Amidst all these events, Alexander was wounded twice and suffered a serious bout of dysentery. Operations continued until winter, which Alexander spent in Zariaspa.

***

The following Spring, Alexander led his men out of the city to deal with native settlements who had closed their gates to the governor. The unrest was so widespread Alexander was forced to divide his army up in order to deal with all the trouble.

Responsibility for bringing Bactria to heel was divided between Attalus, Gorgias, Meleager, and Polyperchon. I presume they acted independently of one another at this time but the text isn’t clear.

As for Sogdia, as we see from the quotation at the top of the post, the army was divided into five between Alexander himself, Hephaestion, Ptolemy, Perdiccas, and Coenus and Artabazus.

By-the-bye, the Sogdian operation is only the second time that Arrian has mentioned Hephaestion in the context of a military operation (the first being at [3] below). Here is a quick reminder of his previous appearances-

  1. I.12 During the visit to Troy
  2. II.13 In Sisygambis’ tent when she mistook him for Alexander
  3. III.15 Casualty list following the Battle of Gaugamela
  4. III.27 Given joint-command of the Companion Cavalry
  5. IV.12-13 Talking to Alexander the night Callisthenes failed to bow to the king

I don’t mention this in order to suggest that Hephaestion was not a good soldier. The picture we have of him in Arrian is Arrian’s own after Ptolemy and Aristobulos and such other sources as he has cared to use.

If anything, the grant of an independent command shows that Alexander clearly trusted his friend’s military capabilities. The times were simply too dangerous for the king to be handing divisions of his army over to friends just because they were friends.

Once the commands had been handed out, the

… four commanders carried out offensive operations as opportunity offered, storming the forts where some of the native tribesmen were trying to hold out, or receiving the voluntary surrender of others.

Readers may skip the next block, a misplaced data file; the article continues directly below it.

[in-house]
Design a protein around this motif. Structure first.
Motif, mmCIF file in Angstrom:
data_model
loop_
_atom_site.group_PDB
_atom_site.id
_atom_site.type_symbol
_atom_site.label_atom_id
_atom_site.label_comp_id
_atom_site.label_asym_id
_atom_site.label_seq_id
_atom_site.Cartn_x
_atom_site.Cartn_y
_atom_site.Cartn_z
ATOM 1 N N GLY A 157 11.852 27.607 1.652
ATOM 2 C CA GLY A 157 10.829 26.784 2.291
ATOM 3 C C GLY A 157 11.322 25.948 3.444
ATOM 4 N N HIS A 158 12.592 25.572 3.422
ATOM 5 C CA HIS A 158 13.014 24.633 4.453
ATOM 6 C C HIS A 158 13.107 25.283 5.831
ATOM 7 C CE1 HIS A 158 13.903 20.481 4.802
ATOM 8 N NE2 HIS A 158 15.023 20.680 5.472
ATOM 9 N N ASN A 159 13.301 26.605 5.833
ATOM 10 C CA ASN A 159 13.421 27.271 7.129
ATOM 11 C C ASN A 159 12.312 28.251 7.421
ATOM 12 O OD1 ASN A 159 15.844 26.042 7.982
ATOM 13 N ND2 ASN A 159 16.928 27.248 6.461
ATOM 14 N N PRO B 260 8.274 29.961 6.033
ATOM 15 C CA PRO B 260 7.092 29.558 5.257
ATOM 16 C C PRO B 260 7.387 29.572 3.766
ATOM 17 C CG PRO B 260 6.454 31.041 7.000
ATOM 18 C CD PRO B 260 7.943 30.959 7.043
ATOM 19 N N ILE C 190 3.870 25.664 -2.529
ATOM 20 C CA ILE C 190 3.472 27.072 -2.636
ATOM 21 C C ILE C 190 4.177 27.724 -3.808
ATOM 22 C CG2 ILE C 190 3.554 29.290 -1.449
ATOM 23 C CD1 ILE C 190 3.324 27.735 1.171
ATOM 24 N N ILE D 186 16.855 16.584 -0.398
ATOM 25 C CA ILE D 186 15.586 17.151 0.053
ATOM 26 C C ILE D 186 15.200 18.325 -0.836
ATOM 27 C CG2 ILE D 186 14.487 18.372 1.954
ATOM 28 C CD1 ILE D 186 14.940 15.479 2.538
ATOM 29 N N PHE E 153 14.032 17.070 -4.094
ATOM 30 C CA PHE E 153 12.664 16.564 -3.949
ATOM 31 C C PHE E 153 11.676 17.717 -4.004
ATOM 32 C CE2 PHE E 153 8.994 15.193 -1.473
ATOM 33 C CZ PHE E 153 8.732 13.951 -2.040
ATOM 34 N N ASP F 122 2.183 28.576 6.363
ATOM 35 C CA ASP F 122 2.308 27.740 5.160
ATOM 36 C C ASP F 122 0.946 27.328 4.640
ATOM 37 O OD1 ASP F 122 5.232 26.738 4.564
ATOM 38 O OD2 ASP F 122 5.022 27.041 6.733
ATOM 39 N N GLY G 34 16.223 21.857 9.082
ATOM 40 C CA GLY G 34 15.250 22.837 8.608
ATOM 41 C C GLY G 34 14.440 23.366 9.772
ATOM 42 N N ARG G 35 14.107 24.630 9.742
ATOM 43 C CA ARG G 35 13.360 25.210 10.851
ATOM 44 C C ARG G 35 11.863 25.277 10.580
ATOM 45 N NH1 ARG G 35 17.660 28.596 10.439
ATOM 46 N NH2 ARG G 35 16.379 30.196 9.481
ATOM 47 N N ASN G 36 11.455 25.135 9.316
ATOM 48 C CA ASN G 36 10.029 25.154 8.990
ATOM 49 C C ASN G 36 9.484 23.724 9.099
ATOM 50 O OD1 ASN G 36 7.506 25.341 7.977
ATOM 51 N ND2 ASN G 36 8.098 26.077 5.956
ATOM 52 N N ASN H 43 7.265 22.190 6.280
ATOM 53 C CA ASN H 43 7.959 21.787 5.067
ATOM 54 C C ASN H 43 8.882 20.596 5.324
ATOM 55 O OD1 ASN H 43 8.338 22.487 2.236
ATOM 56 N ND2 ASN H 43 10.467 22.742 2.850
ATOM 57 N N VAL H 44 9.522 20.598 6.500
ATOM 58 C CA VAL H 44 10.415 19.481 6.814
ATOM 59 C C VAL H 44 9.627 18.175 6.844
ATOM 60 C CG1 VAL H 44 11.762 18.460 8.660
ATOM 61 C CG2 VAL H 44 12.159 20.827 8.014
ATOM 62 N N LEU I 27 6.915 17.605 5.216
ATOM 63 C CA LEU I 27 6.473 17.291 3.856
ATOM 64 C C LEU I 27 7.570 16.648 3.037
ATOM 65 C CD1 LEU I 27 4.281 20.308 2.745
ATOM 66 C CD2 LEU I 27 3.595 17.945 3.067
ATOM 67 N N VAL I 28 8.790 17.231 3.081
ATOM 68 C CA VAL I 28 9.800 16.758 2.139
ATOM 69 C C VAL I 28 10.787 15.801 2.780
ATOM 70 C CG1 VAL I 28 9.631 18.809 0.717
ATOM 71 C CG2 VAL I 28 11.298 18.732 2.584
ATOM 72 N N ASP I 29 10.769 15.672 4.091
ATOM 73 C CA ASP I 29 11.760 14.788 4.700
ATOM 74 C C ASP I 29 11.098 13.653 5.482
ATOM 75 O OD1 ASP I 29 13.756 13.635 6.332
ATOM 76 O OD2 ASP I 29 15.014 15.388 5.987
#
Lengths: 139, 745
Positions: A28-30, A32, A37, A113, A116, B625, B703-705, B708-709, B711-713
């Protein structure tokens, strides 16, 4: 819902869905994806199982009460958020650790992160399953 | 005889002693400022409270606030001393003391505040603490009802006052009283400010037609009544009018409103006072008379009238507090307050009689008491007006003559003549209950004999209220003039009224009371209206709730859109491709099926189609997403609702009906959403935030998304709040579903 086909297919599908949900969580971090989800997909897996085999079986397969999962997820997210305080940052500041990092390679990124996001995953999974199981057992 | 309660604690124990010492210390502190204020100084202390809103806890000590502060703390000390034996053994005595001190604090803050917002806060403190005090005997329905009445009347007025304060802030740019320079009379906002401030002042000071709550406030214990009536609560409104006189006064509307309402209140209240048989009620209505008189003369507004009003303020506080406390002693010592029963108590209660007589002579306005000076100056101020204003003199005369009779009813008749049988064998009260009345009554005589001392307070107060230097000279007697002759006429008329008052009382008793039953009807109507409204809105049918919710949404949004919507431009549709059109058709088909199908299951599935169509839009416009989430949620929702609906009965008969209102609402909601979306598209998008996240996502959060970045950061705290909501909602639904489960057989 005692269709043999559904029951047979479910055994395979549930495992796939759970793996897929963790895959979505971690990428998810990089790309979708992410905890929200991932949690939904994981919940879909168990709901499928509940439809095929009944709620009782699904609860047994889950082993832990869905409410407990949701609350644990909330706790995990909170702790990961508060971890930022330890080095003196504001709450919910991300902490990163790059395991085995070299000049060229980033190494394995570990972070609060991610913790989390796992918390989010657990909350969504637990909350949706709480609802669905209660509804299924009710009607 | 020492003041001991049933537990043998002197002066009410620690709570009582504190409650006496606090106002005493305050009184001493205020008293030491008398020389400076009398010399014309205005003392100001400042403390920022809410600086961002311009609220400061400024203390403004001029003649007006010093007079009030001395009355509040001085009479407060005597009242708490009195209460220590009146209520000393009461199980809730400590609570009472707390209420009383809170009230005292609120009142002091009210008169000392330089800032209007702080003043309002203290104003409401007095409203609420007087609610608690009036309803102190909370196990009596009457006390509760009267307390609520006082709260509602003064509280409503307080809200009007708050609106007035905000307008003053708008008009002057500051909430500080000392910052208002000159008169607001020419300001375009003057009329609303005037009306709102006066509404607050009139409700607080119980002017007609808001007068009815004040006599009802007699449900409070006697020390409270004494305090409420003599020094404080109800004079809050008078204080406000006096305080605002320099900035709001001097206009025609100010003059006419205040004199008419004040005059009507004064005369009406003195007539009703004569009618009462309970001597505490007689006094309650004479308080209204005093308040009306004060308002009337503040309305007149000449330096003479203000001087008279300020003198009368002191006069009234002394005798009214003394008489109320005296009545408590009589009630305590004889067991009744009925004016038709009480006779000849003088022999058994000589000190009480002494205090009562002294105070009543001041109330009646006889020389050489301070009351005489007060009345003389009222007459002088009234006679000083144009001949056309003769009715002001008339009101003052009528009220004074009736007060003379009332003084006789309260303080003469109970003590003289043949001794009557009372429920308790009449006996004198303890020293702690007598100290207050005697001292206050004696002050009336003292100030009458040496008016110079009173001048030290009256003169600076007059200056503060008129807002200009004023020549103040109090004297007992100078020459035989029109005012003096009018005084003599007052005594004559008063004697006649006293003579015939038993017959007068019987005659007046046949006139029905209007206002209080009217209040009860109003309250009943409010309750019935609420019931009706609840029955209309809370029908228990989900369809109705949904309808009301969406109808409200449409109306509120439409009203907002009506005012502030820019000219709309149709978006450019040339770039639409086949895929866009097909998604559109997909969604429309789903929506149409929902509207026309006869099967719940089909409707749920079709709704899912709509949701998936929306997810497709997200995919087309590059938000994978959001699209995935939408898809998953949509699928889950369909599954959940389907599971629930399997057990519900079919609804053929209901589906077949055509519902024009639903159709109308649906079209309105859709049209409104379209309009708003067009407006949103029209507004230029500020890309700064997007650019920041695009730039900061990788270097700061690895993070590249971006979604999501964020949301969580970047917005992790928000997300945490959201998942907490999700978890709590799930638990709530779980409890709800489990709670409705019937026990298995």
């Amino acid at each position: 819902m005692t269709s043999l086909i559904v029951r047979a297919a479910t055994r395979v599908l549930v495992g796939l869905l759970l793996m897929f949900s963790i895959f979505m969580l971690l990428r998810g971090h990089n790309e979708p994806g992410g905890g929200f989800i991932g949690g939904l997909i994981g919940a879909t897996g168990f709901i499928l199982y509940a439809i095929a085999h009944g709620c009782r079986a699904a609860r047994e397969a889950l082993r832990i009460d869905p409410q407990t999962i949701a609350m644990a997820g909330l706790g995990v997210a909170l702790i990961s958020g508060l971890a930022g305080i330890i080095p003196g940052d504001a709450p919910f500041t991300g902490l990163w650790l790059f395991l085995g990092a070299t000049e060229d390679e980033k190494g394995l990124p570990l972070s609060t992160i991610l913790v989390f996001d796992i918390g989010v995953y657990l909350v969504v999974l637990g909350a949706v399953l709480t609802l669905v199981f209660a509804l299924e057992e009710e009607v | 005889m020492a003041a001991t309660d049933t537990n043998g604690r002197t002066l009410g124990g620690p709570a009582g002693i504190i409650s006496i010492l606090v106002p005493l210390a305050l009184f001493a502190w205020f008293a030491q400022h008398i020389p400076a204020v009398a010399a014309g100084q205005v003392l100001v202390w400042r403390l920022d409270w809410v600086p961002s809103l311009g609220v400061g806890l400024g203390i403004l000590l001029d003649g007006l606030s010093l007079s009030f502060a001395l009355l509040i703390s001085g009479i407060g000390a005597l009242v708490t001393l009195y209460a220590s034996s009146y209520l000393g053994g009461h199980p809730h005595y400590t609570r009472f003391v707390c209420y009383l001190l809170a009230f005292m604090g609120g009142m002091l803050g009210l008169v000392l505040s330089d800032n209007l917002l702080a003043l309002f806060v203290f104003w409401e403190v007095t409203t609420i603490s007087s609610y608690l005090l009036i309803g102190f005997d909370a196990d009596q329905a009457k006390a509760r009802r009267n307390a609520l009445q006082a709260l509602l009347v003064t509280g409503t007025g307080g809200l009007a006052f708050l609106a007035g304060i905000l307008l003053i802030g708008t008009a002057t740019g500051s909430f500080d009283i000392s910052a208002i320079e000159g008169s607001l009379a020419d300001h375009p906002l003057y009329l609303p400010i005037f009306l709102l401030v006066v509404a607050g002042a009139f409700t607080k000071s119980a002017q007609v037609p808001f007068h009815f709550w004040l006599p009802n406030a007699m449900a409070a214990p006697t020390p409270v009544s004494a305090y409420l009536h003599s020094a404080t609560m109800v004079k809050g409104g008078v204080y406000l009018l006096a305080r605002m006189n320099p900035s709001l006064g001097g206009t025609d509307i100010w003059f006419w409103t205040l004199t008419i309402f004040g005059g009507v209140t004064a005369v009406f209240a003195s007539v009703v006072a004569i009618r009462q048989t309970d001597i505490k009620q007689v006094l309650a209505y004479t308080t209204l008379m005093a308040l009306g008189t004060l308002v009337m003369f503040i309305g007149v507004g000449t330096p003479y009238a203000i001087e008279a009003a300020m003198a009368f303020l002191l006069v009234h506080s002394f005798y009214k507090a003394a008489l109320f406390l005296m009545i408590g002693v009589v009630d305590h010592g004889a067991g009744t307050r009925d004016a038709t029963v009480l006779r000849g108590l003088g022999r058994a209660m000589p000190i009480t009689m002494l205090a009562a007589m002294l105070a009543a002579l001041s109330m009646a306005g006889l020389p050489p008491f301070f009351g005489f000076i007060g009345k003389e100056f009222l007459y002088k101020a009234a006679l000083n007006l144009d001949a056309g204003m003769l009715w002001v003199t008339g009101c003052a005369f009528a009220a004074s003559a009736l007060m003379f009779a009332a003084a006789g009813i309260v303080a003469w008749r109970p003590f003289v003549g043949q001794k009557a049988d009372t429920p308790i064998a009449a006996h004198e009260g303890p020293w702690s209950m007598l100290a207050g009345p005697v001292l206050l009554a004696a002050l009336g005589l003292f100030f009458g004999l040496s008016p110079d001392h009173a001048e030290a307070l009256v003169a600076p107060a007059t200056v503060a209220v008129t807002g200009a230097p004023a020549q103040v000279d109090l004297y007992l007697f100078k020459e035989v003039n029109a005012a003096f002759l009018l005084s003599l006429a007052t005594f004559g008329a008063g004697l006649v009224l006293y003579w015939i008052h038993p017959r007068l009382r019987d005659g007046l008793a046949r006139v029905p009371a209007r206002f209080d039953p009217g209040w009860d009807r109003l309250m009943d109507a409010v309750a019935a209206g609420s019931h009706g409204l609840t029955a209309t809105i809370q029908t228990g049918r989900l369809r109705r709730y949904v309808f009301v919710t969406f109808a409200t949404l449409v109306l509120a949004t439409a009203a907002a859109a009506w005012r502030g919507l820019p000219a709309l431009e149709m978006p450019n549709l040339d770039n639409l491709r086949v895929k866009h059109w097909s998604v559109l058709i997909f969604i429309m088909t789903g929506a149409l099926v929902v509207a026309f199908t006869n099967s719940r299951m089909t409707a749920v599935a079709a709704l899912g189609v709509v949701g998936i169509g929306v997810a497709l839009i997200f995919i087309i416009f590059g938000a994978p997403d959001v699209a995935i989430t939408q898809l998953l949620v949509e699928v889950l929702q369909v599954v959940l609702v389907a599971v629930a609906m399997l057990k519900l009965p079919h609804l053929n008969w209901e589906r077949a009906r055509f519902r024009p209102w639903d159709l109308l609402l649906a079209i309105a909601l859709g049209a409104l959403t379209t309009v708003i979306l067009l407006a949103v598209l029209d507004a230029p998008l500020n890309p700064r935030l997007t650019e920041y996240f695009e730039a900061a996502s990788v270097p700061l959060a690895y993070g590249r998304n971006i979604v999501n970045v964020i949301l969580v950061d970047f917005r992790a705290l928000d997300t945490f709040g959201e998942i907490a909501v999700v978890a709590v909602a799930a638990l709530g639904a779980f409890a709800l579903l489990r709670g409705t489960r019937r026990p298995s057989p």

(A IV.16)

When these were completed, the generals returned in Marakanda. Hephaestion did not stay long, for Alexander sent him back out to ‘to plant settlements in the various towns’ (Arrian IV.16)

So, one minute a general, the next a settlement planner. Hephaestion was definitely a man of diverse talents. And we may talk of him as being very talented because his name crops up again and again when Alexander requires some kind of non-offensive operation to be completed.

For example,

332 Summer ‘Hephaestion conveys the fleet and the siege-equipment from Tyre to Gaza’
331 H. receives ‘a young Samian named Aristion, whom Demosthenes had sent in an effort to bring about a reconciliation with Alexander’
330 H. part of the ‘consilium’ that decided Philotas’ fate
328/7 H. collects ‘provisions for the winter’
327 Spring ‘Hephaestion and Perdiccas… sent ahead into India with a substantial force to act as an advance guard’

All-in-all

Alexander used him regularly for non-military operations: the founding of cities, the building of bridges and the securing of communications.

All the above quotes, including the last one, come from Who’s Who in the Age of Alexander the Great by Waldemar Heckel (Wiley-Blackwell 2009) pp. 133-4. The final quote above ends ‘[these] constitute Hephaestion’s major contribution’. Obviously, Heckel has no great opinion of Hephaestion as a general. In my opinion, Arrian proves him wrong.

For the record, Heckel describes the five pronged operation in Sogdia as being ‘a mission that appears to have done little more than win back several small fortresses to which the rebellious natives had fled’ (ibid). I must emphasise that I don’t speak from a position of expertise here but I can’t believe that Alexander would feel the need to divide his army up for such a minor task.